Permenter also met Mamie Eisenhower’s mother, Elivera Mathilda Carlson Doud, and took care of her hair a couple of times. Permenter also cut the hair of the Eisenhowers’ granddaughter Ann, who was about 4 at the time. A beauty shop of sorts, Permenter said, was set up in the cottage to provide a place for her to work.
She remembers one time, the day before the first lady’s birthday, when the president kept popping in and out, trying to come up with a present for his wife. He suggested many things, to her dislike. Finally, Permenter said, he settled
on giving his wife a pink gown and matching robe. At the time, Permenter said, he had a “slight tan and beaming smile.” Mamie Eisenhower walked away that day with a “feather cut with pin curls all around to accent her bangs.”
Referred to by her fans as “Mamie Bangs,” they weren’t just a fashion statement, Permenter said. The first lady wore them to cover a small scar she had from being kicked by a horse when she was a teenager.
Permenter can’t remember exactly what she charged for a shampoo and set back then, but probably about $1.25. She does remember she charged $14 for a perm, and she said she gave the first lady just one perm. Another thing Permenter remembers is that the first lady didn’t tip.
“It wasn’t a common practice then, though,” Permenter said.
Mamie Eisenhower, Permenter said, invited her to go to the White House as her personal hair dresser, but Permenter turned down the offer. However, it wasn’t without consideration. She was a single mother at the time raising her two oldest children, Sherry and Tish. Taking care of them outweighed the move when the children’s nanny emphatically declined to go. Without her, Permenter said, she knew it would be a tough adjustment and one she wasn’t up to handling.
Flipping through the memory book, Permenter said one of her favorite notes is the one dated Nov. 30, 1953, and written on White House stationery by the first lady, that reads, “This is just a little note to tell you how very nice it was to see you again on our recent Augusta visit. It is good to know that I can count on your able assistance while we are down at our vacation spot.”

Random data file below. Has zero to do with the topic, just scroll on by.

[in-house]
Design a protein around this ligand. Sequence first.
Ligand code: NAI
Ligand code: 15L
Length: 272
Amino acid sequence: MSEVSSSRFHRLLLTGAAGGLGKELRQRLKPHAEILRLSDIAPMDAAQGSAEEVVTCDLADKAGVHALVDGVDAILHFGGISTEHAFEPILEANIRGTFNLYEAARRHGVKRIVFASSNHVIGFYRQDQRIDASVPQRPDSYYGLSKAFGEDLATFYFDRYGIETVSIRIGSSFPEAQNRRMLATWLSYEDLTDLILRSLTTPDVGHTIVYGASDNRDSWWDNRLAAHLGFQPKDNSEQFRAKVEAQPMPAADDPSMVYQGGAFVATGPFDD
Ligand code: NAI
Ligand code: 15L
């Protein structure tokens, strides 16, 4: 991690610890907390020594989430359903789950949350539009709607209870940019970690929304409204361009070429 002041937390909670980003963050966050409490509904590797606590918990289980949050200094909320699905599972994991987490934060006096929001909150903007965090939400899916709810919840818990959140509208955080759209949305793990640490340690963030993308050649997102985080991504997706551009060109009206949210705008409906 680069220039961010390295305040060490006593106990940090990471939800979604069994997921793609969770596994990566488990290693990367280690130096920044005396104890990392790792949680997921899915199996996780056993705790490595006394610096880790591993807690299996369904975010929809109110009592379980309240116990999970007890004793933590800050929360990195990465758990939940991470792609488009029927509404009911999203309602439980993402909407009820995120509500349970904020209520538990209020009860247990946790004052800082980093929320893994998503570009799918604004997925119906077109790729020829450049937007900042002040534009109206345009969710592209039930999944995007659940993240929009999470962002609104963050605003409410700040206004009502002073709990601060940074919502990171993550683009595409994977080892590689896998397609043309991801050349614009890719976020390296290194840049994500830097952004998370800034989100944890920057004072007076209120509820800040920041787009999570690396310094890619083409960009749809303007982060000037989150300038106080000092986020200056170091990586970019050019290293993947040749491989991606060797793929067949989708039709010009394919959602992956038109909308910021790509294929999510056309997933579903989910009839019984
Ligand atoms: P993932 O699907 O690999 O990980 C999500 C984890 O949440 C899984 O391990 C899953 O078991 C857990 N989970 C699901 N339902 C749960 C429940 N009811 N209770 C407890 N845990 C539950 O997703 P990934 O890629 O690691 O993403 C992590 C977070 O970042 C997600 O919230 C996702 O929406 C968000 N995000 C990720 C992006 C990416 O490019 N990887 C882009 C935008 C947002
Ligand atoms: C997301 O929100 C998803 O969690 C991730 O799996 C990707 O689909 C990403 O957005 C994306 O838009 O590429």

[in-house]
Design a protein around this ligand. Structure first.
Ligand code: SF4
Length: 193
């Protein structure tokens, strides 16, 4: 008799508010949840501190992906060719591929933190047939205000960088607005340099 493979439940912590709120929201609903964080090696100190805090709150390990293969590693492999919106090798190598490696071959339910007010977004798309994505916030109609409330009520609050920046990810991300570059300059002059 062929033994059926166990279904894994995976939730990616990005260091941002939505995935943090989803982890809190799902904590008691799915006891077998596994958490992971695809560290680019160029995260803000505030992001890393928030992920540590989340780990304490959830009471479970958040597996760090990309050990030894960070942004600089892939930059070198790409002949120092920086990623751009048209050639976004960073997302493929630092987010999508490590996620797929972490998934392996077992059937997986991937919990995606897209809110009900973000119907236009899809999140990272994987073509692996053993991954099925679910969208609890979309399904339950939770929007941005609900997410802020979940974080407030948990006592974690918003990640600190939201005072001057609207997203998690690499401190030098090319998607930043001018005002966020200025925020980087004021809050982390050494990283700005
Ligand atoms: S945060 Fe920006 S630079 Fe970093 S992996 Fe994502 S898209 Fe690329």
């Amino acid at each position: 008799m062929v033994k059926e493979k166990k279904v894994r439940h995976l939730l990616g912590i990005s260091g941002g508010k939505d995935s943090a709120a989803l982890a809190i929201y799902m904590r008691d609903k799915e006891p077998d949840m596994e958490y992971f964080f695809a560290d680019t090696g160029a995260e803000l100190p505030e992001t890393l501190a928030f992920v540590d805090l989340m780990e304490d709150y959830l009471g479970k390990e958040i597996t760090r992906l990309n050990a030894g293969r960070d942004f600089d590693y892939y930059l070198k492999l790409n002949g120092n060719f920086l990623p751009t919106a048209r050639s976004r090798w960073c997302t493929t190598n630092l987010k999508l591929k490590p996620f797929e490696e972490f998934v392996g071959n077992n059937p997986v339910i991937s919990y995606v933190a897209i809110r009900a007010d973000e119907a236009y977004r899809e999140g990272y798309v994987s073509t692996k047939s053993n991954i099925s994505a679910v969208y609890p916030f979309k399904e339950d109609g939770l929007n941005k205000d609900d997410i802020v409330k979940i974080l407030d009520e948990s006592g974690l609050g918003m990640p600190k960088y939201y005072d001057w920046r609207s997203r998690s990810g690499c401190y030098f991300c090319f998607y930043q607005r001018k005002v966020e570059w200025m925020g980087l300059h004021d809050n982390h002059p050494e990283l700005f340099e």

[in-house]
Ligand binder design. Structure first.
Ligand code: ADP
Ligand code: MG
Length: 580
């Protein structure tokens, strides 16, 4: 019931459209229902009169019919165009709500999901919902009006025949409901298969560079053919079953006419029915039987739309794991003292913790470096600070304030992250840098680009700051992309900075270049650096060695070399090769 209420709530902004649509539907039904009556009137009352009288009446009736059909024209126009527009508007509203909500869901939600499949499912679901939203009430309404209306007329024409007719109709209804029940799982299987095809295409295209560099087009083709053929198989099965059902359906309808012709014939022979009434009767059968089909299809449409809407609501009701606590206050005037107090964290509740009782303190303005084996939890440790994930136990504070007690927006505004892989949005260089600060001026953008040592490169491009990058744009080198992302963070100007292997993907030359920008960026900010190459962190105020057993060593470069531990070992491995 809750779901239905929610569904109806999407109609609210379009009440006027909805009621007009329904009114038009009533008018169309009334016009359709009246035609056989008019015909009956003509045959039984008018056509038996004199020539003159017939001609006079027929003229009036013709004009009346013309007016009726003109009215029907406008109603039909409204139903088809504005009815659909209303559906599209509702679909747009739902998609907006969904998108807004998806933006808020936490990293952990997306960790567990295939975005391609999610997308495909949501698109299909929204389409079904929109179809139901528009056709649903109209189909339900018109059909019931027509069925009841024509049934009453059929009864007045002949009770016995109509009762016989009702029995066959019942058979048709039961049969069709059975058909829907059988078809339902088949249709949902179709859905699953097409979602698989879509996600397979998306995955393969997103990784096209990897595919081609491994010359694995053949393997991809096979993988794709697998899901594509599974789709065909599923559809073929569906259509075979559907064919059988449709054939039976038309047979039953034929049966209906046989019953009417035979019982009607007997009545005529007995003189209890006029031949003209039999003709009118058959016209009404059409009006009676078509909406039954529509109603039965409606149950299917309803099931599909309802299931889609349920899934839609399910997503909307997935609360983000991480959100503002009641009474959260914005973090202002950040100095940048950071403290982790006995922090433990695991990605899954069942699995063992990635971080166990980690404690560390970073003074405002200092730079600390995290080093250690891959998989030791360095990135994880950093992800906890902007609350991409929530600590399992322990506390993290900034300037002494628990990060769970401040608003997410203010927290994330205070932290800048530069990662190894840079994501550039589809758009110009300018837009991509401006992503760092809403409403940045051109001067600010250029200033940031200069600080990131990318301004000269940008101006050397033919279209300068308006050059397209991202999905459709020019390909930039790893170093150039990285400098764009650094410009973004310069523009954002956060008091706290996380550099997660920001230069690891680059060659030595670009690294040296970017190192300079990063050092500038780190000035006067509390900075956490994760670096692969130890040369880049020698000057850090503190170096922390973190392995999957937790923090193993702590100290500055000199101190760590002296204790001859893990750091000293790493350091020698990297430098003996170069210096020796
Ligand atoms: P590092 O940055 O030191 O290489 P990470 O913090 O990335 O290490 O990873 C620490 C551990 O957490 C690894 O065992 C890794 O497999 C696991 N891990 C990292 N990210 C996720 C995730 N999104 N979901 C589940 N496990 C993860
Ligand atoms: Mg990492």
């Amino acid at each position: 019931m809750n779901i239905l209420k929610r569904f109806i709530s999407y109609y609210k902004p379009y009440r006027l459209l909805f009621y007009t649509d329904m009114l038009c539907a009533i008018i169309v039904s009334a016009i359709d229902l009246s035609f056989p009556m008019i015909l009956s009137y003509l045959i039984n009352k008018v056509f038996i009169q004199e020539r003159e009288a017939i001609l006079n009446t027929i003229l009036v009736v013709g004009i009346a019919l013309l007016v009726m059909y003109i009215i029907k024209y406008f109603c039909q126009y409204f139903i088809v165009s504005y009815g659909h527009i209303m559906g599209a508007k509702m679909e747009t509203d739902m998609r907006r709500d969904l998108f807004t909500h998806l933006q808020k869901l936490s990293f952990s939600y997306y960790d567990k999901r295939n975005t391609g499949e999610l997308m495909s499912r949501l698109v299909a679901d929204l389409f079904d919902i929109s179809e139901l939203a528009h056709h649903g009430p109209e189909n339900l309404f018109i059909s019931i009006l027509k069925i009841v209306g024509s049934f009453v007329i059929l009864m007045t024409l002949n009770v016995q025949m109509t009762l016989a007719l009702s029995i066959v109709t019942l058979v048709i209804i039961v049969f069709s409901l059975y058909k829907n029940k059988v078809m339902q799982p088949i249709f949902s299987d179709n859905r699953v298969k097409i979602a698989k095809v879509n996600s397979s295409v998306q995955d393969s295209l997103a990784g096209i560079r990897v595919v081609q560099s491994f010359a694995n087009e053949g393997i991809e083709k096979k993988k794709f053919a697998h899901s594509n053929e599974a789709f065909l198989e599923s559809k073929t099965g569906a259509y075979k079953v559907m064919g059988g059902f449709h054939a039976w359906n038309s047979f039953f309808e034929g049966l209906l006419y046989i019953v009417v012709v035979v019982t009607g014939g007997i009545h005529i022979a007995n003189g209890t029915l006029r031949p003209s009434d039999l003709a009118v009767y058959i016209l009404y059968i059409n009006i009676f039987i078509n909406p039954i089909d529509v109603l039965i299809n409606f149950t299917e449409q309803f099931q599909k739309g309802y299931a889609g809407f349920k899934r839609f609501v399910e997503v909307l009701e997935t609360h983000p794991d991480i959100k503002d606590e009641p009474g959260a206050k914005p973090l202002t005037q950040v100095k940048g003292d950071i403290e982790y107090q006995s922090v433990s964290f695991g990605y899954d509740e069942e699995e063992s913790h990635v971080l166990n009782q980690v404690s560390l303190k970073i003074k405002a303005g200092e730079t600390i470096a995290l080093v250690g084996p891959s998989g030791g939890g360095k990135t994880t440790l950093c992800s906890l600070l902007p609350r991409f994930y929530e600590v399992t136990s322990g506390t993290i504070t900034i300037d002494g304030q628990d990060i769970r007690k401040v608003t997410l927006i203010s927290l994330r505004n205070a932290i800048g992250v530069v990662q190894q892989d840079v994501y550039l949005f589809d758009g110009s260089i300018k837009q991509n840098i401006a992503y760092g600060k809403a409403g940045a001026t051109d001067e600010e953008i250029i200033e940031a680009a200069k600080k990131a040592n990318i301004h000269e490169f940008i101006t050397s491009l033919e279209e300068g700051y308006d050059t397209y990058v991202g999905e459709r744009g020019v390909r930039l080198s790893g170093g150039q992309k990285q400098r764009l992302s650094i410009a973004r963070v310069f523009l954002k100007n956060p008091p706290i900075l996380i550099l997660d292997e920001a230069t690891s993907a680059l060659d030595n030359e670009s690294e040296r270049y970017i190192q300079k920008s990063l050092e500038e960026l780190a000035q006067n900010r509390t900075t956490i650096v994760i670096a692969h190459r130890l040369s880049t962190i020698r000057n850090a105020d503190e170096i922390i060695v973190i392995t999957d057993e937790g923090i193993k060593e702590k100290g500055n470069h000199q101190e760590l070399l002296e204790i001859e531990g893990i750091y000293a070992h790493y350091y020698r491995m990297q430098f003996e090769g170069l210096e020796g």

Permenter was born in Alabama. She moved to Arkansas when she was about 11. That’s also when she got her first perm. She said it cost about $1, and it was given by “an old electric machine that burned the back of my neck.” At age 17, she married Eugene Houser against her parents’ wishes, she said. He was soon inducted into the Army. While he was away serving in the military, her dad paid for her to attend beauty college in Memphis. She graduated in 1944 and began working immediately.
Permenter moved to Searcy in 1960 from Texas. In 1962, she moved to Vilonia and opened a beauty shop. She also served as an instructor at Jones Beauty School in Conway for about four years. She said her second husband, Samuel Popham, died of a heart attack in 1982. They had two children, Vonda and Sam Jr. She married John Permenter and retired in 1996.
“That was all a long time ago. I’m done with being a beauty operator,” Permenter said. “I’m satisfied now with spending time with my husband and family and just doing my yardwork.”